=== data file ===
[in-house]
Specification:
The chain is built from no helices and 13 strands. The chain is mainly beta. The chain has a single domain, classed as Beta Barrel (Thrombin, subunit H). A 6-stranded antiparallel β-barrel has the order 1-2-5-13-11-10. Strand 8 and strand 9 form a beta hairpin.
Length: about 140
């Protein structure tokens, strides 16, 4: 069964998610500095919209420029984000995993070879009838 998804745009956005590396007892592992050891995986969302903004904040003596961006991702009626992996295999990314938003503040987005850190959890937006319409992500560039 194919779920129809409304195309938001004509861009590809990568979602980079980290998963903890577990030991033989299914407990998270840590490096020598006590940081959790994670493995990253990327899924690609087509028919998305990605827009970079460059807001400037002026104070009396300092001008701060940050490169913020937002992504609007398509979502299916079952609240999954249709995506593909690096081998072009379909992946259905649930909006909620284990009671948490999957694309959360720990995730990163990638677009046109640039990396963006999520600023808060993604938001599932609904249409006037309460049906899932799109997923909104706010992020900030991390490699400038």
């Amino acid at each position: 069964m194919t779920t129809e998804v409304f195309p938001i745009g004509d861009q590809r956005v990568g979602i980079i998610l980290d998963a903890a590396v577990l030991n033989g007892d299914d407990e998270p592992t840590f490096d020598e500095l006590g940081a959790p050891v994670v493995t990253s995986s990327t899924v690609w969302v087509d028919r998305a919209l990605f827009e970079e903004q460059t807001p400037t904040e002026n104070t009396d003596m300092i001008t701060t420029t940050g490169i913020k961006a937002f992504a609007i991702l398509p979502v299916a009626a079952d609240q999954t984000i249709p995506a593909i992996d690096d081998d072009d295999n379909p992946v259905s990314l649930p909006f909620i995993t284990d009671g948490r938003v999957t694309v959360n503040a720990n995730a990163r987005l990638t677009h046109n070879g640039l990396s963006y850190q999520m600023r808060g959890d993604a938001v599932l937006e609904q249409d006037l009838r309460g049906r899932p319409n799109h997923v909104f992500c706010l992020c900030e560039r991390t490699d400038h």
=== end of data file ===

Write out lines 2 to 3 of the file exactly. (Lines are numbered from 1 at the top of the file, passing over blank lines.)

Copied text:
Specification:
The chain is built from no helices and 13 strands. The chain is mainly beta. The chain has a single domain, classed as Beta Barrel (Thrombin, subunit H). A 6-stranded antiparallel β-barrel has the order 1-2-5-13-11-10. Strand 8 and strand 9 form a beta hairpin.